YOU DON’T HAVE TO STOP TANNING, JUST DO IT THE RIGHT WAY.
Be patient. Instant gratification might kill you.
With summer at the corner, we cannot wait to catch the first sun rays and look beautifully tanned
We all know that we put ourselves at risk for skin cancer. Nevertheless we still do it because it makes us feel good and because of today’s beauty standard, cover magazines and TV shows keeping showing us gorgeous people with all year long golden skin.
Until… we start seeing all these brown spots all over our body and face, not counting our skin becoming flaccid, loose, wrinkled…. and we run to the plastic surgeon’s office!
There are a number of different spots that appear with age and sun exposure. Most of them are benign.
Some can be pre-cancerous or cancerous.
Some can be pre-cancerous or cancerous.
What are sun rays made of?
Sun rays are made of UVA, UVB, UVC and IR (More than half of the sun rays are made of invisible IR). UVA and UVB rays penetrate the atmosphere and play an important role in skin condition.
- UVA rays reach deeply into the skin, damage collagen and accelerate aging.
- UVB rays burn and give you sunburns, which force the skin to activate tanning in order to protect itself.
- IR reach even deeper than UVB, altering the function of support (firmness) and elasticity of the skin.
Tanning is nothing else than a sign that your skin has been damaged and tried to protect itself.
Sunburn is the death of cells of the superficial skin.
What do they do to your skin?
A little UV radiation is essential to the body because it stimulates the production of vitamin D, which helps the body absorb calcium and phosphorus, essential for the growth and protection of the skeleton.
Repeated exposure to UV radiation causes skin lesions similar to the aging process. The skin becomes thinner in some places, loses its elasticity, brown spots, white spots and wrinkles appear.
Intensive overexposure to UV can lead to Skin Cancer.
Non-Melanoma skin Cancer (Carcinoma)
Carcinoma) represents the majority of cases of skin cancer – about 70-90% of cases, only for basal cell carcinoma. The skin cancer often occurs after the age of 50. This type of cancer has a slow progression.
The incidence of Melanoma skin cancer is lower with about 4% of cases, however, because of its dangerousity, it is most due to skin cancer deaths. Melanoma can progress rapidly.
In order to avoid the risk of developing skin cancer, YOU MUST:
- Use sunscreen everyday.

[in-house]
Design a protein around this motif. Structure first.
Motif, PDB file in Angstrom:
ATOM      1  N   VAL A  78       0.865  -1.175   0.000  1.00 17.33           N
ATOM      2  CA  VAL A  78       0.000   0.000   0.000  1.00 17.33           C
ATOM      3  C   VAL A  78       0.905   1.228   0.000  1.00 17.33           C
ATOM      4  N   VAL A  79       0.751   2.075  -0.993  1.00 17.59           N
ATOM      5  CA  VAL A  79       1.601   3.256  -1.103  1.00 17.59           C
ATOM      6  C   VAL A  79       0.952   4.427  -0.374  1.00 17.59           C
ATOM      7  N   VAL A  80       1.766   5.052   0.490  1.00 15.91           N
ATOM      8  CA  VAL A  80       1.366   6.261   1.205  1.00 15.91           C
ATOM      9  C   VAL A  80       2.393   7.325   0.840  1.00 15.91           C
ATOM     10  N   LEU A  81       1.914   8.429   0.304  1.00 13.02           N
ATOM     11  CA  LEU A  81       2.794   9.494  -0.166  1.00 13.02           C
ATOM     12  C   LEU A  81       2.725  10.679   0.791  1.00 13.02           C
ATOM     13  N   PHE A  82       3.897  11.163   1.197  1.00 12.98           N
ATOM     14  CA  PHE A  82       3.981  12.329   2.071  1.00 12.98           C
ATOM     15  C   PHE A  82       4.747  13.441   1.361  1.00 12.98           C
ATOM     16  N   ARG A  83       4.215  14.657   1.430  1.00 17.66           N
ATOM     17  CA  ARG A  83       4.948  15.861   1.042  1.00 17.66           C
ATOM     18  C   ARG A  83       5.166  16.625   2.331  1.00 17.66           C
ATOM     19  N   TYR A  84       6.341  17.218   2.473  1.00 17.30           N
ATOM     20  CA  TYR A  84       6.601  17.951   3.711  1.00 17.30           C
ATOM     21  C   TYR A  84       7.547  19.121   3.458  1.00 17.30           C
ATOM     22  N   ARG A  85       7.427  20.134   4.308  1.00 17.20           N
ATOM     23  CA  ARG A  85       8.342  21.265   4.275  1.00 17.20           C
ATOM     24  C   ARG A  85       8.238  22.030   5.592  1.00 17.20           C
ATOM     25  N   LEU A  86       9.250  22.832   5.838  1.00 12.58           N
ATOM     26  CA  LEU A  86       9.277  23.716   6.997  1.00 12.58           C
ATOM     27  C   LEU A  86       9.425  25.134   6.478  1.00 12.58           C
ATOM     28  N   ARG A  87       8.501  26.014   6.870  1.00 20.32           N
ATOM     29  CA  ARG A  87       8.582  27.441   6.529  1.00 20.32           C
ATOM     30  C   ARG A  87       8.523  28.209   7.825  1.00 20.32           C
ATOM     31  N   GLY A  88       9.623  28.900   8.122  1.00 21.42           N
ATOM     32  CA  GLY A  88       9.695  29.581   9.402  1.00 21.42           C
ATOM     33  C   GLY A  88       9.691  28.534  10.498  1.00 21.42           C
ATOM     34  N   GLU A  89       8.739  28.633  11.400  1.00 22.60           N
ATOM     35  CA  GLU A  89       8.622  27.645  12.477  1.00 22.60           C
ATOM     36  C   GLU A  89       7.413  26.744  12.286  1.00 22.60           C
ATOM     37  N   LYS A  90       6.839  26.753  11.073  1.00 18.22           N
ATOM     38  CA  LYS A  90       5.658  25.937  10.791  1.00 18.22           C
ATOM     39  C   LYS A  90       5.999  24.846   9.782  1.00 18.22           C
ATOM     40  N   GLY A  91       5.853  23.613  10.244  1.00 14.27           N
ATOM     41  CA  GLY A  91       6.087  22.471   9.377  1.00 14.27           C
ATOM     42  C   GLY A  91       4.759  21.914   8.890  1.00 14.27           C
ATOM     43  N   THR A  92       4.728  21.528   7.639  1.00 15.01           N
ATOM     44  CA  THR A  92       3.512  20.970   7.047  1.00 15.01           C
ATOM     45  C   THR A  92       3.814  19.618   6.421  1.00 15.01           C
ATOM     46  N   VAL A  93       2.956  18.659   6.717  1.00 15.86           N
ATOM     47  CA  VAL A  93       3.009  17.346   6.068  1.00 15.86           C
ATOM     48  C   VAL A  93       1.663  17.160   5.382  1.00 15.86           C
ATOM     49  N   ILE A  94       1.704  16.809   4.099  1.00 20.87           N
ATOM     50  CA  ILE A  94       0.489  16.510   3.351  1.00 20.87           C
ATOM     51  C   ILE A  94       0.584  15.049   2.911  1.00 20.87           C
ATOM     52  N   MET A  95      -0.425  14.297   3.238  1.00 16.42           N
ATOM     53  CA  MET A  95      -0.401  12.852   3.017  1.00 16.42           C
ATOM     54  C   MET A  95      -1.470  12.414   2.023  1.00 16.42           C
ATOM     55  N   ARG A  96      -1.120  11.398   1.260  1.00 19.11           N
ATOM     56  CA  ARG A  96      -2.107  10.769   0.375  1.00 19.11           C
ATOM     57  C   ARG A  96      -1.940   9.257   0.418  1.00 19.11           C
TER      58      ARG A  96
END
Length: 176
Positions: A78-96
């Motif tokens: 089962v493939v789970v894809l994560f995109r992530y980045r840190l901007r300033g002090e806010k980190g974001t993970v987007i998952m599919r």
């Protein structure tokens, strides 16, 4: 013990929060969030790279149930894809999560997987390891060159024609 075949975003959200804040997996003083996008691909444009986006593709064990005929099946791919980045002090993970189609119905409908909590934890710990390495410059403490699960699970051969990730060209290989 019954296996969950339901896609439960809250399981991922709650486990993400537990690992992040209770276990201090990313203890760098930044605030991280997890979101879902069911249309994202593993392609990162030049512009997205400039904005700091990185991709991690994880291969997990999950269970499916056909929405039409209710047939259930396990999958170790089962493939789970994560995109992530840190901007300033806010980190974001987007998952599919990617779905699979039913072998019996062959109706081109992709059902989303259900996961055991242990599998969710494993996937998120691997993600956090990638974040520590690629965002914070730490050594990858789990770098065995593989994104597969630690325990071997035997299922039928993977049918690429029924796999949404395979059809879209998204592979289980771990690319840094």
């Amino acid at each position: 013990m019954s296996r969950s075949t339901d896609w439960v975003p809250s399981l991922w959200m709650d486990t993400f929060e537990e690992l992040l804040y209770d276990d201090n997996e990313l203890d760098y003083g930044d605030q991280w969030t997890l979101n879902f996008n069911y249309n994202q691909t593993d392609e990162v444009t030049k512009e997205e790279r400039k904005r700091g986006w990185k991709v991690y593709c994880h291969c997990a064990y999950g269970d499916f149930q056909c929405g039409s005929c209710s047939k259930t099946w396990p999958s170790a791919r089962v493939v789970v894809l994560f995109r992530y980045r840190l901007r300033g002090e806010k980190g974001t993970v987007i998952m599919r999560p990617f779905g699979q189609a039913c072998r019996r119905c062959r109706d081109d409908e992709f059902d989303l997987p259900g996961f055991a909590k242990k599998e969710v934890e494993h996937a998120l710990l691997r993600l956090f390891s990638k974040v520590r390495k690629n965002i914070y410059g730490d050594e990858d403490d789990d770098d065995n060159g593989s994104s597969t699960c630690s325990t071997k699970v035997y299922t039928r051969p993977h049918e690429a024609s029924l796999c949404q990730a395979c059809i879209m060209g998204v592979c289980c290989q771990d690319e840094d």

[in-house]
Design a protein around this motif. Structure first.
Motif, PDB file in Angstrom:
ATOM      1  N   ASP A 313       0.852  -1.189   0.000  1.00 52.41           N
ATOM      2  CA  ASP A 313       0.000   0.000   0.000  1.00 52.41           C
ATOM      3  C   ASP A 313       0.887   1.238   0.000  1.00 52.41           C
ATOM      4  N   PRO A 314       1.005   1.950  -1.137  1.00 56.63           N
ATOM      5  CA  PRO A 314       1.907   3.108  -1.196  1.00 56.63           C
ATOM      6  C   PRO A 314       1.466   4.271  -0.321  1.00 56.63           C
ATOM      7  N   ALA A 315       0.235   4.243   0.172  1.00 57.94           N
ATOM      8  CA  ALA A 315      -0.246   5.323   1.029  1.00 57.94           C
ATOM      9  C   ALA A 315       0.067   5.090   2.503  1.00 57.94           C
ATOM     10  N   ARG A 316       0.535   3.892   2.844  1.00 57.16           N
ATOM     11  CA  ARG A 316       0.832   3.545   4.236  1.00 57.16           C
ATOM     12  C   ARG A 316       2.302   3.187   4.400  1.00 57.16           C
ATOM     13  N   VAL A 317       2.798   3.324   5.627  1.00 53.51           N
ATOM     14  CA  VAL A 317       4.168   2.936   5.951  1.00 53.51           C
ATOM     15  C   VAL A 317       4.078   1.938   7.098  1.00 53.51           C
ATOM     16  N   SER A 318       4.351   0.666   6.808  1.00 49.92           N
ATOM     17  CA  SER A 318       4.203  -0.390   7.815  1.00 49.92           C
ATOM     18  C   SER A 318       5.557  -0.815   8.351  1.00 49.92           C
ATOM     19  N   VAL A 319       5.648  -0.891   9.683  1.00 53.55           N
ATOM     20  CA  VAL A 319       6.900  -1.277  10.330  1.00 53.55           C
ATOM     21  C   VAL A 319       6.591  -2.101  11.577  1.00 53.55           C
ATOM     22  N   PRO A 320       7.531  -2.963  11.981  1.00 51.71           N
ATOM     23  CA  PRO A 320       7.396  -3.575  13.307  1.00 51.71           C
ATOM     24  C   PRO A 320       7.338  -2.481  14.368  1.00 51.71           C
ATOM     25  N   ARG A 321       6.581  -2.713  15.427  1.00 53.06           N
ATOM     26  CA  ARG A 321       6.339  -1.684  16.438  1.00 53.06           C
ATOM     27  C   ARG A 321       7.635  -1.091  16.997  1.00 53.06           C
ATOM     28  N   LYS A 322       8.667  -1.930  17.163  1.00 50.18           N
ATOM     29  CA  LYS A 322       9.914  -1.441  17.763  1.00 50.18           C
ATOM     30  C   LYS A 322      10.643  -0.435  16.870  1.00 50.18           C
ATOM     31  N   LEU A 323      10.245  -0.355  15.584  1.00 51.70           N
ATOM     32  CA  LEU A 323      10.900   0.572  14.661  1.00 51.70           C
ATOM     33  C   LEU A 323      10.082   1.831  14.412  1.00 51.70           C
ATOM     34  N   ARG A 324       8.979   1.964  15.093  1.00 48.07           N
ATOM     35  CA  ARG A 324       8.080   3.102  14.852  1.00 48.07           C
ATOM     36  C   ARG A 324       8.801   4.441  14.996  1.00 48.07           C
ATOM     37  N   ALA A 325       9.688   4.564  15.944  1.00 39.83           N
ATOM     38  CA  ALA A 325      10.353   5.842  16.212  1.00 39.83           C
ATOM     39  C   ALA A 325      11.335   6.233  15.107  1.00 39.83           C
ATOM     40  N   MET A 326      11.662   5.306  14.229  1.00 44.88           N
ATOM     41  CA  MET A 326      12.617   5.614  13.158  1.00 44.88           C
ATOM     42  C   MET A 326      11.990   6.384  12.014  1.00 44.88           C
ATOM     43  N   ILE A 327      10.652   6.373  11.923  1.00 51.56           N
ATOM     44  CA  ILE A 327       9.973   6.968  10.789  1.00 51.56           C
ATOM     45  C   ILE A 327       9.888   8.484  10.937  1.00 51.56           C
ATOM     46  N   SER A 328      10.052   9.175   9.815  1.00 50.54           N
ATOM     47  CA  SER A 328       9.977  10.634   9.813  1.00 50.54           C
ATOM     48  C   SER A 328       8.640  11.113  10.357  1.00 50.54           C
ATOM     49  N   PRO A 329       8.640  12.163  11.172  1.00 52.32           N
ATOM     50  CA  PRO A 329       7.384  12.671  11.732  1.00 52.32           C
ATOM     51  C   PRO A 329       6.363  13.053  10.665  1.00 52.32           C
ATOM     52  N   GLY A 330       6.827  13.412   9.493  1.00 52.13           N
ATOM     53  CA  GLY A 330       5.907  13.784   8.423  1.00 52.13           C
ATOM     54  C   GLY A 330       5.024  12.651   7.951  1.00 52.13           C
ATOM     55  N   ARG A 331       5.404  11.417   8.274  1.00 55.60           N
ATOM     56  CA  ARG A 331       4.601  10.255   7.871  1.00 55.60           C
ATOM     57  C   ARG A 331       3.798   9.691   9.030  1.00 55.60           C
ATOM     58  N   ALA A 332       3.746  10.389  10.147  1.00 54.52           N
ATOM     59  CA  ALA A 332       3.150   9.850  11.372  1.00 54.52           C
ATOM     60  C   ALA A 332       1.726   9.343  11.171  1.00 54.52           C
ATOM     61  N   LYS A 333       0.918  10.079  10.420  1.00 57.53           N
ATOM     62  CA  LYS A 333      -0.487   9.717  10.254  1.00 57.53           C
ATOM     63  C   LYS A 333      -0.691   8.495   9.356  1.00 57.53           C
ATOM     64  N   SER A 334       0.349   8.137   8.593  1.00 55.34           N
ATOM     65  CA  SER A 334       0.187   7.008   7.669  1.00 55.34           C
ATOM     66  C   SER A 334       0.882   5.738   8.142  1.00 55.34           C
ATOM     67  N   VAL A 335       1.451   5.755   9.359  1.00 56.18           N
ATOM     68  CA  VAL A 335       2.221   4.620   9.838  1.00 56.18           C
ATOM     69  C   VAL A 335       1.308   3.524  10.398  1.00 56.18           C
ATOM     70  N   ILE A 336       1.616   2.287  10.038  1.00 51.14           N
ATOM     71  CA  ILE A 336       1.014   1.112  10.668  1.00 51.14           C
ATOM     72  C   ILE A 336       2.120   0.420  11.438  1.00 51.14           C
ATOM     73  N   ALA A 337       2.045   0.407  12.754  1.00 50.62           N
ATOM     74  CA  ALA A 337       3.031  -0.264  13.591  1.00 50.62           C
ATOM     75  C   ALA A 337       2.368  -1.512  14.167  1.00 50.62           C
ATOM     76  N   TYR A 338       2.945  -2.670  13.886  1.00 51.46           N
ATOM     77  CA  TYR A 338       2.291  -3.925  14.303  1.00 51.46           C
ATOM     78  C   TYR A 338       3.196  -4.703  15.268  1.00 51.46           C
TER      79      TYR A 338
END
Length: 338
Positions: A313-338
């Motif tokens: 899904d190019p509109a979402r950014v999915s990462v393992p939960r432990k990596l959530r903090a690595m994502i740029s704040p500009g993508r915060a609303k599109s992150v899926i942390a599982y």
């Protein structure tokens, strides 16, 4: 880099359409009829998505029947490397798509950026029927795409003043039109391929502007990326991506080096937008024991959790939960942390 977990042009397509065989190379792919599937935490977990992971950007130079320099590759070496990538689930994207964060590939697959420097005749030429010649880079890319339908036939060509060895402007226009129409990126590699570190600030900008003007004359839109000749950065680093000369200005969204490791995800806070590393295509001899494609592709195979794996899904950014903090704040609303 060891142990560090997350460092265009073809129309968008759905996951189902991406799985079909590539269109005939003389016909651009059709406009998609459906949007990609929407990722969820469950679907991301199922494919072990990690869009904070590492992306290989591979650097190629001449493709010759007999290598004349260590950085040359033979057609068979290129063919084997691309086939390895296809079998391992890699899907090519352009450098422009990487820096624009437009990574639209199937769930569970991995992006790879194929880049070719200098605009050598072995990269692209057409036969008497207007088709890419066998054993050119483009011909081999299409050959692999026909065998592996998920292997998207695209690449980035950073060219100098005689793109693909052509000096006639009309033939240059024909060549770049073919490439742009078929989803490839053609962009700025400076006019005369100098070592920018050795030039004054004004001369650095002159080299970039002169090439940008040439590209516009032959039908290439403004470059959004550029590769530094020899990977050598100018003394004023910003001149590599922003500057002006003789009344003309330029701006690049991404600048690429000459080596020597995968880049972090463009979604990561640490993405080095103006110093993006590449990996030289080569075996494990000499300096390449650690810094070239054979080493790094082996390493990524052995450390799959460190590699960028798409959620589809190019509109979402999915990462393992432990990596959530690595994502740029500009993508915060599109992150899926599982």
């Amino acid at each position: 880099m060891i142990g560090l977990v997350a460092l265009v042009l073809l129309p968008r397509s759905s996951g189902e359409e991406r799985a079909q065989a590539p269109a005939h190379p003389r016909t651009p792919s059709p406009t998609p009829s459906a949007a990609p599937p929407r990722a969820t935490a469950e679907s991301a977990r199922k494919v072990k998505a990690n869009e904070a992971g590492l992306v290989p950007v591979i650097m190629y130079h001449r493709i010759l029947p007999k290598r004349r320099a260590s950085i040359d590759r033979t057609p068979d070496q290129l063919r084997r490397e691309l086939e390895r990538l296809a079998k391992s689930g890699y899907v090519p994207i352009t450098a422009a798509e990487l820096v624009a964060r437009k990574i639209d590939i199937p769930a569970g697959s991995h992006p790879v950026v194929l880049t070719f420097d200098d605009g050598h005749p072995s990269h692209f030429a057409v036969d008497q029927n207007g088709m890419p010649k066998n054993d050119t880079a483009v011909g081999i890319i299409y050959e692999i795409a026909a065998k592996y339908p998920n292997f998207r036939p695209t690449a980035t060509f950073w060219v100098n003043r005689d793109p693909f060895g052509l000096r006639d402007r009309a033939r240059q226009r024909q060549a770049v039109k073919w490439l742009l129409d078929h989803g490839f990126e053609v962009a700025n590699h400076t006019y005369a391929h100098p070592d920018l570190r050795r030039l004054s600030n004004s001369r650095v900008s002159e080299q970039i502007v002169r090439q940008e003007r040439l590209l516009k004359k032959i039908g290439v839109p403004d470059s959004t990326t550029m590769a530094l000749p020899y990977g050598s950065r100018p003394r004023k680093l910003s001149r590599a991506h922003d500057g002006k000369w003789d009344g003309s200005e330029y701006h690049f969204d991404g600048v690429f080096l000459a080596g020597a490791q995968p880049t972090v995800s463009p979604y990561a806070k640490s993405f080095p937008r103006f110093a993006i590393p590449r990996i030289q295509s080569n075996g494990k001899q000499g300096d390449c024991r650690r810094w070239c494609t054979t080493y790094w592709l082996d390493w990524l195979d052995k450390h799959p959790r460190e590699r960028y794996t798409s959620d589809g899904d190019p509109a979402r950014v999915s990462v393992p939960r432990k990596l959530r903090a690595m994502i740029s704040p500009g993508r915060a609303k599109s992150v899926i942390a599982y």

- Learn the new and safest way of tanning, which is far different from 20 years ago. Indeed the ozone layer is getting thinner with more holes, therefore not able to protect us as efficiently from the assassin sun rays.
- Be checked by your doctor every year for any change in your skin (new mole, change of shape of existing moles, change of state of skin, new sun lesion,etc)
- Get rid of your existing brown spots, due to over exposure to sun, before exposing yourself to tanning. Get a VI Peel.
SO HOW TO TAN?
It is to reconcile the good and bad effects of the sun by avoiding excessive exposure to UV rays.
Prepare your skin:
- VI Peel (minimum 2 times a year)
- Regular exfoliation (once every 2 weeks)
- Progressive exposition to sun
- Opt for a Spray-tan before sunbathing on the beach.
You will feel more confident, less prone to prolong your exposure to the sun and more incline to follow the right tanning rules.
The higher in the sky the sun is, the more intense UV rays are, specially between 12pm and 4pm
The amount of UV is related to the angle of elevation of the sun and not to the temperature.
You have the same chances of getting a sunburn in a clear and cool day than by a very hot day. UV rays pass through clouds, even the thicker ones, thus causing sunburn.
Apply these rules:
1. 35 min before going out, apply sunscreen over all parts of the body that will be exposed. Re-apply every 45 min during the day, if not able to go under shade.
SFP indice of protection:
6 to 14 Low protection
15 to 29 Medium protection
30 to 59 High protection
60+ Very high protection
2. If tanning, same thing: apply 35 min before going outdoor, tan for 45 min, then go under the shade, re-apply sunscreen, wait 35 min, before going under the sun for 45 min maximum, and so on for as long as you are tanning.
3. Drink more water in order to stay hydrated.
4. As soon as you feel heat on the skin or see some redness (sunburn), apply Aloe Vera Gel on the area and go under the shade. At night, apply a repair cream or Aloe Vera Gel.
Here is a way to know how long you can stay under the sun without danger:
Take the “sunpower” number corresponding to your skin type, divide it by the rate of UV radiation of the day, you have your maximum exposure time in the sun for the day.
Your skin type is 3 = 200 ‘sun power” number
Rate of UV radiation of the day is 7
200 : 7 = 30 min of sun exposure at a time for the day